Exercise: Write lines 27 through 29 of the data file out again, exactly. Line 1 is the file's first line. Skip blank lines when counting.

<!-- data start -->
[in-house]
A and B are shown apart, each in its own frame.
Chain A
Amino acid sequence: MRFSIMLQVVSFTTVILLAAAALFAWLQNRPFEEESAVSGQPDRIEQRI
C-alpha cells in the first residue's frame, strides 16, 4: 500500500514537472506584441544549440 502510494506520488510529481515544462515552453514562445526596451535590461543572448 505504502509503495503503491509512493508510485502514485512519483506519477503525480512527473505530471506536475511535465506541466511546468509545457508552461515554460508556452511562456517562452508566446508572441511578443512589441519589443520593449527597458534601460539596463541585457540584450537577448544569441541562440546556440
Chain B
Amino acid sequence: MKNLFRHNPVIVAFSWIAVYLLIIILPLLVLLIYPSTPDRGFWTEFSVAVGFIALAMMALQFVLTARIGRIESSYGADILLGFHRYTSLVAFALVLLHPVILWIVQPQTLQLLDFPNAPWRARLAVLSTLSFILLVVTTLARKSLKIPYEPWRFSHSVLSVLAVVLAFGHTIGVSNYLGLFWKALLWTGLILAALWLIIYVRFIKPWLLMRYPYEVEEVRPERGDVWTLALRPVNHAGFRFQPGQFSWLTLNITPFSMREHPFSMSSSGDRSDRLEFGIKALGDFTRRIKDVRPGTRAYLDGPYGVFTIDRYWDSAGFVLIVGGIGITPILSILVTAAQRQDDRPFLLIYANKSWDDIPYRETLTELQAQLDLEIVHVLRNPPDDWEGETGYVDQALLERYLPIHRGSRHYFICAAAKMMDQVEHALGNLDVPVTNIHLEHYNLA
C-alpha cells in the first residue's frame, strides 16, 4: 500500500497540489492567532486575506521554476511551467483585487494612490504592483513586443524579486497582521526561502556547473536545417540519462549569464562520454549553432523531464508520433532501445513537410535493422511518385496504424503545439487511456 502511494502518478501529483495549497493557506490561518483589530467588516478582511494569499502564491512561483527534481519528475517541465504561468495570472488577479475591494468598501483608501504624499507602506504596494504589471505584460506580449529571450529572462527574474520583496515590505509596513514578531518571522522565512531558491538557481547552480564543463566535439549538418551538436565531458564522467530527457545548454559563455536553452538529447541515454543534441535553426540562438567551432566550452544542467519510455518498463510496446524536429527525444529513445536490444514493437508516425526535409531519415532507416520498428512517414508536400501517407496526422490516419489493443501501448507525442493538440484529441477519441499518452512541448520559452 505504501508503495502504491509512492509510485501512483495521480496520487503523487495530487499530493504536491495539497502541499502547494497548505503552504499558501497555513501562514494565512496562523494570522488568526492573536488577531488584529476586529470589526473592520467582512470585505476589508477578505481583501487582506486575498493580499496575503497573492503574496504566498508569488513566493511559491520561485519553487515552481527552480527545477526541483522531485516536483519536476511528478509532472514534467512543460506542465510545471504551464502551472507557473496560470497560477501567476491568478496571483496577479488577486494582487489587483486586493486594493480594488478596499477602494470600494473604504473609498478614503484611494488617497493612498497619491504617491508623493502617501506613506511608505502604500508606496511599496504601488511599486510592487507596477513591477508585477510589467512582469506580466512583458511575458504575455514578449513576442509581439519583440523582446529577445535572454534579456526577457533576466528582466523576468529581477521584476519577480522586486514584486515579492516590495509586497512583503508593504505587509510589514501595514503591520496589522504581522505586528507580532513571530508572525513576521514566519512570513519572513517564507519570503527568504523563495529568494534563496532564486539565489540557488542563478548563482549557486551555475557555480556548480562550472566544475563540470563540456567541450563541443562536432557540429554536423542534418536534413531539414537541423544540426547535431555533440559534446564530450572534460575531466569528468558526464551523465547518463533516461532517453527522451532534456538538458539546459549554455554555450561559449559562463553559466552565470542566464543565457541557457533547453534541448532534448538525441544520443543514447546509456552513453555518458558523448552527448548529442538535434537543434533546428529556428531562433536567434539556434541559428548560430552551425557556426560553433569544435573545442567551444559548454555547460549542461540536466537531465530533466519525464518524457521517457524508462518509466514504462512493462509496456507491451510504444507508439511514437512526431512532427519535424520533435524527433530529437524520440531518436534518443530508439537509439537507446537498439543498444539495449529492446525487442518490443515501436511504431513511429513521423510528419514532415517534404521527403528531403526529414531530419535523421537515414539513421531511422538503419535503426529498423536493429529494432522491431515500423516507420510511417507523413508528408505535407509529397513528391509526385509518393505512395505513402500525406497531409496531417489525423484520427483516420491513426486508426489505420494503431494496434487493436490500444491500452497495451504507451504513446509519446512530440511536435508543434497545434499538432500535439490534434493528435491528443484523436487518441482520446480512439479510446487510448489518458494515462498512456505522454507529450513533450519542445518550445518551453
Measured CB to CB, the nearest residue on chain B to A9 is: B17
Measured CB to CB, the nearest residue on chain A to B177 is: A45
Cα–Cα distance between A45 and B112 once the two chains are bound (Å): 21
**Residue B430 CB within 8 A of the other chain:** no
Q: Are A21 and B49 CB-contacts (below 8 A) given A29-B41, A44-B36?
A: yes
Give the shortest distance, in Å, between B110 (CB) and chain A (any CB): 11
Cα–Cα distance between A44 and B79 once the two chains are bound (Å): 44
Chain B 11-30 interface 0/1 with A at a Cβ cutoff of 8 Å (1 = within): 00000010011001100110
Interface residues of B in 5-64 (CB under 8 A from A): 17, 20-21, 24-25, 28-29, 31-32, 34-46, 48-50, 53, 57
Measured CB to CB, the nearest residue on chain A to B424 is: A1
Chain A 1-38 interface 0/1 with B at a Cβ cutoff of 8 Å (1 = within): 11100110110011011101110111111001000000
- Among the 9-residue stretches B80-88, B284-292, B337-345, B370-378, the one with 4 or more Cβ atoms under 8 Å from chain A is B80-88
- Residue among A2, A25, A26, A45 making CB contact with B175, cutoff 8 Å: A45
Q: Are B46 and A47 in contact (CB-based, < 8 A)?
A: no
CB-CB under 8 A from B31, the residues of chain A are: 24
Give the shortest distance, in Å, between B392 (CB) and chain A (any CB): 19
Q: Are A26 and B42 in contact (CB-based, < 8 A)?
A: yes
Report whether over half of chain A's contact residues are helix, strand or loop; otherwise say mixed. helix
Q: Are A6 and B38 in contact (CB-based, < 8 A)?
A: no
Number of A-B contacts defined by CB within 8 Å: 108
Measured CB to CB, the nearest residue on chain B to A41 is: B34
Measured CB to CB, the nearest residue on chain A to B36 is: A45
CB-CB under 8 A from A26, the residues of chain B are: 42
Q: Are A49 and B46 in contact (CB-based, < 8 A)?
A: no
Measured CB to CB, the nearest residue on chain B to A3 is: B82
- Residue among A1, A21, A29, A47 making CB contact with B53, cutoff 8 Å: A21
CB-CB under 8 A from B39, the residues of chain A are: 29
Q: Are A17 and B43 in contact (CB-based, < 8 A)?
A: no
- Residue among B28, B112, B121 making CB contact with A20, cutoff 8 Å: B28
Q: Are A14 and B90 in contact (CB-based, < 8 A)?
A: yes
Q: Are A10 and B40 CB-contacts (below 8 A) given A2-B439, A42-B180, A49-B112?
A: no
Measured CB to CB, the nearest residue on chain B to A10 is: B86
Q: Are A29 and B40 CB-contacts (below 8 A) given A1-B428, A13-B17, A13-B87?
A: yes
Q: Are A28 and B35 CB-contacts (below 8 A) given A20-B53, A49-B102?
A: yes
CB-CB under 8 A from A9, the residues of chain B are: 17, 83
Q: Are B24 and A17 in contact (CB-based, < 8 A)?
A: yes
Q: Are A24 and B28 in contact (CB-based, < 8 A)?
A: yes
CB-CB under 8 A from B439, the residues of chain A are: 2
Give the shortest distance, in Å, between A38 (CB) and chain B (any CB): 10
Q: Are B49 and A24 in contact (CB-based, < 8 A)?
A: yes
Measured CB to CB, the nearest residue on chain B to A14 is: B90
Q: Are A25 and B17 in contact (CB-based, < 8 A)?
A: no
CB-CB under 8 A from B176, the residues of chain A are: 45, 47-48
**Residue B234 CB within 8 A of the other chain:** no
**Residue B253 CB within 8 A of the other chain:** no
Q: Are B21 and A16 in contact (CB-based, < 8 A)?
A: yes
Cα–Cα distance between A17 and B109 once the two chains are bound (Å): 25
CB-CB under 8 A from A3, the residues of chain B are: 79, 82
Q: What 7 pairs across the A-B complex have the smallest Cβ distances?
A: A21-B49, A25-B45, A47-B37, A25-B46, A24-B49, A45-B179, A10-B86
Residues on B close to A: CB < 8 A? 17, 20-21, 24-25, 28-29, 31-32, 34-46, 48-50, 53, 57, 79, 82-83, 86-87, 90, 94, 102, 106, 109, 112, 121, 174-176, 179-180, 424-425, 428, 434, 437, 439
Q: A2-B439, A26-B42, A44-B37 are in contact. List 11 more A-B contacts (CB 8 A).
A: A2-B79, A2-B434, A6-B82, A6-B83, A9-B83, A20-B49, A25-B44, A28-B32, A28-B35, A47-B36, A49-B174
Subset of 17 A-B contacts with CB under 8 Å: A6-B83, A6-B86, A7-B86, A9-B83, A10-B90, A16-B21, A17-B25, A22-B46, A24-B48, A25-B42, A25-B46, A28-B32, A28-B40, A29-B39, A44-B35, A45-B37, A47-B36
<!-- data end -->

Q: Are A26 and B42 in contact (CB-based, < 8 A)?
A: yes
Report whether over half of chain A's contact residues are helix, strand or loop; otherwise say mixed. helix